He deserves credit, too, for patching together the bullpen after closer Andrew Bailey was lost for the first 4 12 months by a freak thumb injury. The team's relief pitching was wretched in the first two weeks, but Valentine soon got it under control, matching pitcher to role.

But each week or so seemed to bring -- or threaten to bring -- more moves reeking of passive-aggressiveness or self-destruction. Like his observation of the team's late-season roster as the "weakest roster we've ever had in September in the history of baseball,'' which infuriated members of the front office.

Valentine's hiring was a gamble last December. Yes, there was the chance he could inject his energy and foster discipline; there was also a far greater chance the team would implode on his watch.

The Red Sox didn't beat the odds. They got the Valentine they feared, rather than the one for whom they had slim hope.

Are Red Sox playing a waiting game before naming their new manager?

Are Red Sox playing a waiting game before naming their new manager?

BOSTON — As soon as the American League Championship Series ends, the Red Sox could make a move for their manager.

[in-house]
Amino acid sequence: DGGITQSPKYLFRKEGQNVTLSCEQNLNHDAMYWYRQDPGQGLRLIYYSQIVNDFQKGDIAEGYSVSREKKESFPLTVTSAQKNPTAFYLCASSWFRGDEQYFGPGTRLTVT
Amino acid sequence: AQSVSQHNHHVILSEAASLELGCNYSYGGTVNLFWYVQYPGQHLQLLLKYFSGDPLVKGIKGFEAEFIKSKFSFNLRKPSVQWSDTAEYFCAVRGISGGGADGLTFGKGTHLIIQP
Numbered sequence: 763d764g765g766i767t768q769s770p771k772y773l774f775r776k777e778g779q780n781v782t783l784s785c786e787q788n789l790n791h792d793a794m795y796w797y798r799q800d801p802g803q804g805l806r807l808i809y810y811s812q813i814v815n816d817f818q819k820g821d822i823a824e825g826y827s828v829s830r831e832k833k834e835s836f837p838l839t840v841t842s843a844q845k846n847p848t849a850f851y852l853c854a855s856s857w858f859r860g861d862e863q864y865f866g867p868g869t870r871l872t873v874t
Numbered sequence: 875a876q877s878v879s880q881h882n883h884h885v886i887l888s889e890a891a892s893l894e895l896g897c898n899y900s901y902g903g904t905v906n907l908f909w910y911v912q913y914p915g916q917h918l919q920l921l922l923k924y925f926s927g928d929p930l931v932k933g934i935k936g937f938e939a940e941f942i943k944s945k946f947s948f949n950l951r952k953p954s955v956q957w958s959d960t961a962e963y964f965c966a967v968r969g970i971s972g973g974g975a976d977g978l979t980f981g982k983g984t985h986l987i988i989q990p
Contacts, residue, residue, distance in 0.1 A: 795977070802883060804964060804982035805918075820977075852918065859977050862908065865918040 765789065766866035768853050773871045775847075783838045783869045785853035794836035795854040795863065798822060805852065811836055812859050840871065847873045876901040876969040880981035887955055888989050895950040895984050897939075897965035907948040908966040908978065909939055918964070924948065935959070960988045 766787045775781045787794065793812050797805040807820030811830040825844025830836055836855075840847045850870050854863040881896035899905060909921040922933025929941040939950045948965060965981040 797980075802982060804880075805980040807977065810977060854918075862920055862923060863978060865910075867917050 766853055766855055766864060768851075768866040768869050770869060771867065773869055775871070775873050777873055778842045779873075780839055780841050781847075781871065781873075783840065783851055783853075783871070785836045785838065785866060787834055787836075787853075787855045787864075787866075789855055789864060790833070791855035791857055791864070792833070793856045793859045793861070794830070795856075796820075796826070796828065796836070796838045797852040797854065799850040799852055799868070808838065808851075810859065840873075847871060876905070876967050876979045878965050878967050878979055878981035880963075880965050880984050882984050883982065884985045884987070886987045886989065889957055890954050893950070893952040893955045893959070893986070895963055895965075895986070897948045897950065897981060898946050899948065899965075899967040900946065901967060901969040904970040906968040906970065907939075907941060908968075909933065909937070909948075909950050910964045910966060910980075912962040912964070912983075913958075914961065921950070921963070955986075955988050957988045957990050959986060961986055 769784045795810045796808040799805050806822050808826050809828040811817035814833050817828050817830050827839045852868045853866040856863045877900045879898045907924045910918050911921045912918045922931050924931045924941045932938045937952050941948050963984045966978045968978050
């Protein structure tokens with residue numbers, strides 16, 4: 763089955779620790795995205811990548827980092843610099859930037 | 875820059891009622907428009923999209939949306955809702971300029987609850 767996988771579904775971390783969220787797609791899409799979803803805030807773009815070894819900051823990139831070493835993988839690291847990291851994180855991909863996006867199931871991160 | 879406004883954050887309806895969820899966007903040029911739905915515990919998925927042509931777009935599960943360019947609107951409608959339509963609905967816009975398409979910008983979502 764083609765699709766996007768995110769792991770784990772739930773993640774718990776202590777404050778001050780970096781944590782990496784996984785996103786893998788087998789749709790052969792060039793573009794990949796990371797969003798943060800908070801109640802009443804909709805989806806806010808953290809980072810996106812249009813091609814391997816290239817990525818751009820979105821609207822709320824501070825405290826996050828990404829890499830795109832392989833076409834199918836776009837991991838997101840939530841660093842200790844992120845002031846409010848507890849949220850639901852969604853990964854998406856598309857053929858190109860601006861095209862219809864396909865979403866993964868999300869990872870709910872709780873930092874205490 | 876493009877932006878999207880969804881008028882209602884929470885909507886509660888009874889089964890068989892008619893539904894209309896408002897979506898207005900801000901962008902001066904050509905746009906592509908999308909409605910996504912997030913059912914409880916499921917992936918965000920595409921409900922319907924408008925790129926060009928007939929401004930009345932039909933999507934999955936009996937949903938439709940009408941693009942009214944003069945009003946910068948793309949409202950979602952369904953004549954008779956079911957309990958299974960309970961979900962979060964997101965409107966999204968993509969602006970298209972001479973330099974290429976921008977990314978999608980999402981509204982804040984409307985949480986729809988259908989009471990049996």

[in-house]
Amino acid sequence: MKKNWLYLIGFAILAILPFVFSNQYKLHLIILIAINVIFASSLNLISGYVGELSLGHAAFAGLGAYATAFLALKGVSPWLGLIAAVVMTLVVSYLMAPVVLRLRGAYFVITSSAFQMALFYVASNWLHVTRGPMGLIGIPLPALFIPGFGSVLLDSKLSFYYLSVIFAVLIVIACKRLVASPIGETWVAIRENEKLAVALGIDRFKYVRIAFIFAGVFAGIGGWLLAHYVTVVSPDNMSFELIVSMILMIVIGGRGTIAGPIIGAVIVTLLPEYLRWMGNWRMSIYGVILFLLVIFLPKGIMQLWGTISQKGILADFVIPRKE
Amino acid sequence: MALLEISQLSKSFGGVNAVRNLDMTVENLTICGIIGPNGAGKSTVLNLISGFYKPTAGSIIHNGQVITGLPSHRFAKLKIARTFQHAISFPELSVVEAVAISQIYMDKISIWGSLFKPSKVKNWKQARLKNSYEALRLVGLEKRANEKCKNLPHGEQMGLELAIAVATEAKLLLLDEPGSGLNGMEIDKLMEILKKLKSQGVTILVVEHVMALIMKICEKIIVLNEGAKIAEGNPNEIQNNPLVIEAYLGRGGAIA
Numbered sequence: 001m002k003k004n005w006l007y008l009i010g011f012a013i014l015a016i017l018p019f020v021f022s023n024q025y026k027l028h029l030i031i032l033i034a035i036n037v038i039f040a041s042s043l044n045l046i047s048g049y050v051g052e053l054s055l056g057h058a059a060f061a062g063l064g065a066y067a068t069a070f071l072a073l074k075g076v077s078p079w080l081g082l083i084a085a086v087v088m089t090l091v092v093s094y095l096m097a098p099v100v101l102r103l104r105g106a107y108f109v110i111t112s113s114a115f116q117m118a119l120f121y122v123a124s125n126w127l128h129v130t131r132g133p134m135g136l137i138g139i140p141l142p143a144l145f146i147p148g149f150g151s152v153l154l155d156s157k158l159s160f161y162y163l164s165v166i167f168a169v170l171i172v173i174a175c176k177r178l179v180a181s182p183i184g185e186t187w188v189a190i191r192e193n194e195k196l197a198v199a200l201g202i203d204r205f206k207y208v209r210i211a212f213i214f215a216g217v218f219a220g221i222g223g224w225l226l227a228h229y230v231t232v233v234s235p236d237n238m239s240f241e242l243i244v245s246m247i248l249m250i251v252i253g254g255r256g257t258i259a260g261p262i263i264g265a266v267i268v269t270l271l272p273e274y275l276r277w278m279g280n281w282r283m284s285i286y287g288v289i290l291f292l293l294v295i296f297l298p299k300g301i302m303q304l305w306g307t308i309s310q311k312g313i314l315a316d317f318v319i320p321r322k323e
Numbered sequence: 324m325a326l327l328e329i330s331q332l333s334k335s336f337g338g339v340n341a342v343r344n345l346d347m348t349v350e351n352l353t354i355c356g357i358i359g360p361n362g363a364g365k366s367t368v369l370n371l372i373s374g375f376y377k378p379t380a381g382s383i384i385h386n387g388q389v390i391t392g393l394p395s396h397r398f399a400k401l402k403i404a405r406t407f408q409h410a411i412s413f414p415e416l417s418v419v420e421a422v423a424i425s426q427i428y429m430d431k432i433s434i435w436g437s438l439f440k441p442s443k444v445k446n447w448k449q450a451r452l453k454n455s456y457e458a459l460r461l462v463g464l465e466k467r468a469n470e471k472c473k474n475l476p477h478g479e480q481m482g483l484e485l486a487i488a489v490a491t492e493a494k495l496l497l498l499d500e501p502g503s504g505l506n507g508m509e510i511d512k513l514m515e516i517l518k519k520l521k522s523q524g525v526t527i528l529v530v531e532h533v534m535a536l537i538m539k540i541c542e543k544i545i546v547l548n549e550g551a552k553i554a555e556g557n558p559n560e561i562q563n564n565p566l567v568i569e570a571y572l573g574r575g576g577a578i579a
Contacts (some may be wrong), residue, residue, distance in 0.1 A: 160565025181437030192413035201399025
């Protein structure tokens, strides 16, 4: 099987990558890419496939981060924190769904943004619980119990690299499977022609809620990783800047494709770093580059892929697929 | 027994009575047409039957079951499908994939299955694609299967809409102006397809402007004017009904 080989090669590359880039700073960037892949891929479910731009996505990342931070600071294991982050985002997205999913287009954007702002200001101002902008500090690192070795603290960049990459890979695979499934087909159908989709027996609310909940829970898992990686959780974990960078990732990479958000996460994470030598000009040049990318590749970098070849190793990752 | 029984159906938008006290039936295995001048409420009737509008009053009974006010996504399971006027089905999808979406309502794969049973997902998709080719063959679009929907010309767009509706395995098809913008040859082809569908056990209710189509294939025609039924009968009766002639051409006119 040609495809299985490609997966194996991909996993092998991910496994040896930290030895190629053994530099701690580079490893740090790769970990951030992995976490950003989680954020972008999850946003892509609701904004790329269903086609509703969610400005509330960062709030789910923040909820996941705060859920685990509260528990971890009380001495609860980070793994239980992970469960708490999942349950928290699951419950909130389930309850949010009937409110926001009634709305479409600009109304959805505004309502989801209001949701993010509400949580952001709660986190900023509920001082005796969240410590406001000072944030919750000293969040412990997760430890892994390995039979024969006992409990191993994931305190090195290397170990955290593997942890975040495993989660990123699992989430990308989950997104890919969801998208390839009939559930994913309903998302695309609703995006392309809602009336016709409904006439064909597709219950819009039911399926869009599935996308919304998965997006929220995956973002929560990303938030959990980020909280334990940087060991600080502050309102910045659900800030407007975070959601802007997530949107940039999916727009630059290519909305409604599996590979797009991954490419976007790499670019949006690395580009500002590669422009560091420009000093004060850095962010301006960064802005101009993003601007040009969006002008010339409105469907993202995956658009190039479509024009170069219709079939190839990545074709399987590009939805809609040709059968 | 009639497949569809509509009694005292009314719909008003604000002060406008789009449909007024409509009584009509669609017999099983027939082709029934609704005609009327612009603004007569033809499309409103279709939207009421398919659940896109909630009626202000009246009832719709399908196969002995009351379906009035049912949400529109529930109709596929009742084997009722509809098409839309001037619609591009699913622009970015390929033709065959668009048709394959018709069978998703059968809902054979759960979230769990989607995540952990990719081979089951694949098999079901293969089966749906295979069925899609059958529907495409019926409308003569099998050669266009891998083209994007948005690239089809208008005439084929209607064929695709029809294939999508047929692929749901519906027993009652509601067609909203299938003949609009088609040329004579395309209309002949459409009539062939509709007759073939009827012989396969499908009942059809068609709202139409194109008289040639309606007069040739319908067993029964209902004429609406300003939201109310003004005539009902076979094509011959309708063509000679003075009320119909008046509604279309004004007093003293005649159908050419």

Industry sources continue to expect Astros bench coach Alex Cora will be the Sox’ pick. No offer had been officially made as of midday Wednesday, one source close to the situation said. But the belief is such an offer waits out of respect to the Astros-Yankees ALCS that can end no later than Saturday if the series goes a full seven games. 


“Not a doubt it is him,” the source said.

Sunday and Monday would both be off days ahead of the Tuesday night start of the World Series. That leads to the potential for at least a Red Sox announcement of Cora, if not a press conference, before the Fall Classic begins. (If the Astros advance to the World Series, it may be harder to have Cora in Boston for any length of time.)

All those who know Cora praise his ability to connect with players. The former Red Sox infielder is good friends with Dustin Pedroia. Cora’s previous knowledge of the Boston market works in his favor, as well, as does his mettle handling the media. Some question his readiness as a first-time manager, considering he would be taking over a team with great win-now expectations and complicated clubhouse dynamics.